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UAE Officials Under Investigation for Torture
UAE Officials Under Investigation for Torture

UAE Officials Under Investigation for Torture

UAE Officials Under Investigation for Torture

The UK police are actively investigating a group of United Arab Emirates officials for torture and cruel treatment inflicted on several Qatari nationals, a human rights lawyer has said.
The Emiratis may be questioned and arrested if they were to enter the UK under the principle of universal jurisdiction, says Rodney Dixon, a barrister at Temple Garden Chambers representing three Qatari nationals, who were imprisoned and tortured between 2013 and 2015 in Emirati prisons, Al Jazeera reported.
“We provided information about 10 suspects. All of them are Emiratis in official positions who were either directly involved in acts of torture or were superiors in charge, who failed to prevent torture to happen under their chain of command,” Dixon told Al Jazeera on Monday.
The three Qatari nationals were taken into custody and held without charge by the UAE authorities at different times between 2013 and 2015.
Speaking to the press in Geneva, Mahmoud al-Jaidah, a 56-year-old medical practitioner at Qatar Petroleum, said he was arrested at Dubai airport and held without charge for 27 months between February 2013 and May 2015.
In the first three days of his detention, he was accused of being a member of the Muslim Brotherhood and of having transferred funds to cells in the UAE, a charge he strongly denied.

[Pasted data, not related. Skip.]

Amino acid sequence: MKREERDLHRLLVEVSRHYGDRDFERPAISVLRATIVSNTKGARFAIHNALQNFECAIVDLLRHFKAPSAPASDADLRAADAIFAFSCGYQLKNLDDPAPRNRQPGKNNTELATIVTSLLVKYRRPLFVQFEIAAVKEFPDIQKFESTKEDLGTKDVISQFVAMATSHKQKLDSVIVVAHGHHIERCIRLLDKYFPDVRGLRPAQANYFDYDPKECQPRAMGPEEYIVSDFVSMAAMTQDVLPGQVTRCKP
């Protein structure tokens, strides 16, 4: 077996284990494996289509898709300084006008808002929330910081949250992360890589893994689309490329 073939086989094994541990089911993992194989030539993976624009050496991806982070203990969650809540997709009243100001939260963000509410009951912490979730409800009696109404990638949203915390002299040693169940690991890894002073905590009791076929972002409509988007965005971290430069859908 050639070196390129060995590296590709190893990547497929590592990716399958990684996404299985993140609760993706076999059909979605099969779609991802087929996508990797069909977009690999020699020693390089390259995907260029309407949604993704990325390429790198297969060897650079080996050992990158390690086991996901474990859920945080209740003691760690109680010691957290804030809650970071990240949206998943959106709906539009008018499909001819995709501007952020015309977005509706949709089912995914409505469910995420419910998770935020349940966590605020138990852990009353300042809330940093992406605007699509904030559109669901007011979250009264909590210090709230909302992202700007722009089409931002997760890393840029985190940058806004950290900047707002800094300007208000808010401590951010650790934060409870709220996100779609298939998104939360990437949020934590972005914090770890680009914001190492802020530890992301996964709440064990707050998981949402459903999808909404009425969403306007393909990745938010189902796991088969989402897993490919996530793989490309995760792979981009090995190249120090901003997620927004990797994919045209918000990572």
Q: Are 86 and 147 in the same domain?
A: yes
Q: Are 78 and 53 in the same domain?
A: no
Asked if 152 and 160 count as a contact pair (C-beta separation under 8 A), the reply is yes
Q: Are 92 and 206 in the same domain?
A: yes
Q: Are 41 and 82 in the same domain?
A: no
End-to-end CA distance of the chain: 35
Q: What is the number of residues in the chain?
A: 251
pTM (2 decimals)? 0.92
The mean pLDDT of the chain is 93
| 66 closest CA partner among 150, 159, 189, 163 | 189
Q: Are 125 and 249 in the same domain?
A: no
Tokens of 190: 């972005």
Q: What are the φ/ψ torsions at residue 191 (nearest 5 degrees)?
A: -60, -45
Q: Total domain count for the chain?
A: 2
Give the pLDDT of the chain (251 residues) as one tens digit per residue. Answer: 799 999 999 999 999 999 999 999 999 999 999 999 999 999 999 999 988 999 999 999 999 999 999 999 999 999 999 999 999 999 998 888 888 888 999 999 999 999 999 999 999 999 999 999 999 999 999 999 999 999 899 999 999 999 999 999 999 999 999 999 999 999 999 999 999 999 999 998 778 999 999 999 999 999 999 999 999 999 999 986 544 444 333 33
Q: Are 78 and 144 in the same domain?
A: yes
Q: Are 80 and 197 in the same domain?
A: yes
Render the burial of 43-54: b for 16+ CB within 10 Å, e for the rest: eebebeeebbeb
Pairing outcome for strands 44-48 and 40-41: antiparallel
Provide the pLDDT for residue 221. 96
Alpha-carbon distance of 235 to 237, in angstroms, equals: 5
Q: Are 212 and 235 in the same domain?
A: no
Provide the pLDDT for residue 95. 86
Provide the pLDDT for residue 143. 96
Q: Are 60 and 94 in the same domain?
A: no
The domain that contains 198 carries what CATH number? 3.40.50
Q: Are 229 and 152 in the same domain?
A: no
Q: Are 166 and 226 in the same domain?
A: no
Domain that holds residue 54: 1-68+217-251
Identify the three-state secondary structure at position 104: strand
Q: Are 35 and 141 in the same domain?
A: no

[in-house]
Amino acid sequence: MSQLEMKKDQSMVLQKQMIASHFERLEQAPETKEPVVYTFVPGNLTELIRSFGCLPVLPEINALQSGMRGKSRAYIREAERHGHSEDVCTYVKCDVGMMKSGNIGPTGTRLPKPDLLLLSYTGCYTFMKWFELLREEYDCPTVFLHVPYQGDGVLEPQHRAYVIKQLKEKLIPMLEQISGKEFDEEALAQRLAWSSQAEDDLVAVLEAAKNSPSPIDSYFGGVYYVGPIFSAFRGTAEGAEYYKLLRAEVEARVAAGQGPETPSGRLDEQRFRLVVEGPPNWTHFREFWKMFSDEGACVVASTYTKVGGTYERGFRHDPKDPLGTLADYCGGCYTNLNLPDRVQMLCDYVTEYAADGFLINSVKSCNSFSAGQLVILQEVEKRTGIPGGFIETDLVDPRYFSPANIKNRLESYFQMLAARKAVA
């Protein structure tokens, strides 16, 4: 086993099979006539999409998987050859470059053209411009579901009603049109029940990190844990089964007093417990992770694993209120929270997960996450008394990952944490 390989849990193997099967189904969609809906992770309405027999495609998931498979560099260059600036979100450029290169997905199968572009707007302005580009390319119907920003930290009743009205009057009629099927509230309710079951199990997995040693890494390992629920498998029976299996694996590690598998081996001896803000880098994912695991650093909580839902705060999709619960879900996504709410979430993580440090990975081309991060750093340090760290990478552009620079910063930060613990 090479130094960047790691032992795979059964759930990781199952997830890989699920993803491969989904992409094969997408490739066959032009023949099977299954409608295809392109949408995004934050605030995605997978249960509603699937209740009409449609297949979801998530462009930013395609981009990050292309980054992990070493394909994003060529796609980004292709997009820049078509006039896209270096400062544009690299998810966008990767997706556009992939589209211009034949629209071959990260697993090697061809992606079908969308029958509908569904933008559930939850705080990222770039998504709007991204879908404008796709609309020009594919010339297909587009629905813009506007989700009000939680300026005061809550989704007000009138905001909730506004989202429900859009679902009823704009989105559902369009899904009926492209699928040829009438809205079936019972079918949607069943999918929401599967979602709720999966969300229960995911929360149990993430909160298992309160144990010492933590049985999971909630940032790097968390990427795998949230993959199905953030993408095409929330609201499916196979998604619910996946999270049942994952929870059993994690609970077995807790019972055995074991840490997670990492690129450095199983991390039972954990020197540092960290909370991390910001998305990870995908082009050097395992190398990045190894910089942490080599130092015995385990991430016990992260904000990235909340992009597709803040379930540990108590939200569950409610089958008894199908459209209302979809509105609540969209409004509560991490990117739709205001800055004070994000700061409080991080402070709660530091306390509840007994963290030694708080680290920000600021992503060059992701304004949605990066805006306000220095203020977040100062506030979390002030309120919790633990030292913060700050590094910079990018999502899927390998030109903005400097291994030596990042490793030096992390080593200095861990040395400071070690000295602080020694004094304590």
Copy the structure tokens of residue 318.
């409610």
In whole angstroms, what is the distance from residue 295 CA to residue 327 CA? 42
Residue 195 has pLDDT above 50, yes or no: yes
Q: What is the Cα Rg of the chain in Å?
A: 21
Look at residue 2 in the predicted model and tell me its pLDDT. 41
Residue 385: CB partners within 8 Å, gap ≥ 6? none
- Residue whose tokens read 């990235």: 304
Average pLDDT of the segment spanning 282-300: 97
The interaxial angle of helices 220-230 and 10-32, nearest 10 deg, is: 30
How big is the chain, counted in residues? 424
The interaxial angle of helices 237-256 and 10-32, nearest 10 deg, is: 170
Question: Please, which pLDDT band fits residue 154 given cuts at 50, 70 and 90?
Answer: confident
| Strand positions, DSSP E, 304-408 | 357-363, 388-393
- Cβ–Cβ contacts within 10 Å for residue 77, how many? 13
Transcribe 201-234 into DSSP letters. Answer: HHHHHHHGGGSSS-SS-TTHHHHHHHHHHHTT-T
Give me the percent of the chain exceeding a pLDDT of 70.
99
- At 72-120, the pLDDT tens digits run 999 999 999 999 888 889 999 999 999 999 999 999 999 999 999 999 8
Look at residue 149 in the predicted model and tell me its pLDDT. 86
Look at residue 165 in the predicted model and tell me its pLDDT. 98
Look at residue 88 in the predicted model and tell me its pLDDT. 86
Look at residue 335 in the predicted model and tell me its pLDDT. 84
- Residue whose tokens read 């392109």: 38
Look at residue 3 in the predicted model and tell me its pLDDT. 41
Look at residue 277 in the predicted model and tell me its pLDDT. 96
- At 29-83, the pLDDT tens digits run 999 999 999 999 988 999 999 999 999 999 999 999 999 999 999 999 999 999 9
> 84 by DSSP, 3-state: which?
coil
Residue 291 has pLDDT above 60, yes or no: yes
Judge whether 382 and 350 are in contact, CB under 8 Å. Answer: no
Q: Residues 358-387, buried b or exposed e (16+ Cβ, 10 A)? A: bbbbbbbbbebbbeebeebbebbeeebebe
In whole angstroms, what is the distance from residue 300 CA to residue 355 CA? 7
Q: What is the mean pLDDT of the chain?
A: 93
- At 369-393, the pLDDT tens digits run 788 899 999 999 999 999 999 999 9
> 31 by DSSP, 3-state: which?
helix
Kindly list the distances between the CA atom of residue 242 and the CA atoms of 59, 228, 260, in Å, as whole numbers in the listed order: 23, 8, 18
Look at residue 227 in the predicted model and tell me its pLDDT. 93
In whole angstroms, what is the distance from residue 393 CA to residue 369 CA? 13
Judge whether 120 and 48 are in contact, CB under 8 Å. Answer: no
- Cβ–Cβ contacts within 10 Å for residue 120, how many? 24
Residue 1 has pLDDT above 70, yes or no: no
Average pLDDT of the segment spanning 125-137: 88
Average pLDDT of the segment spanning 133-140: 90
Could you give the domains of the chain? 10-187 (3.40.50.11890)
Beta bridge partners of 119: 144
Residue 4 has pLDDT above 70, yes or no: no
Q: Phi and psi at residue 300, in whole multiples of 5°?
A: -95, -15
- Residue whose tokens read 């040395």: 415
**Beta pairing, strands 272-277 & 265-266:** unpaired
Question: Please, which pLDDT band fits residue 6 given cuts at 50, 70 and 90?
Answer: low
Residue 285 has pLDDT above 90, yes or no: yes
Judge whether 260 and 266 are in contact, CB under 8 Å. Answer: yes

He was held in solitary confinement for seven months, deprived of sleep, beaten up and threatened to be electrocuted, until he was forced to sign a 37-page false confession.
“The torture I was exposed to was unbearable. A man would admit to anything under those conditions. However, I didn’t know what I was signing,” said al-Jaidah, who has suffered from post-traumatic stress disorder and depression ever since.
Al-Jaidah and the other victims of torture in the UAE prisons reported the same ordeal: arbitrary detention, solitary confinement, torture and forcible confessions extracted either under threat or with the promise of a speedy release.
“This is a recurring pattern in the UAE, which is of grave concern and has been highlighted also by the UN high commissioner for human rights. The commissioner has raised very serious questions about the UAE [judicial] system,” said Dixon.
Toby Cadman, a lawyer specializing in human rights, said victims of torture in the UAE are seeking justice in the UK and other countries because the UAE’s judicial system lacks independence and the procedural safeguards simply do not exist.

 

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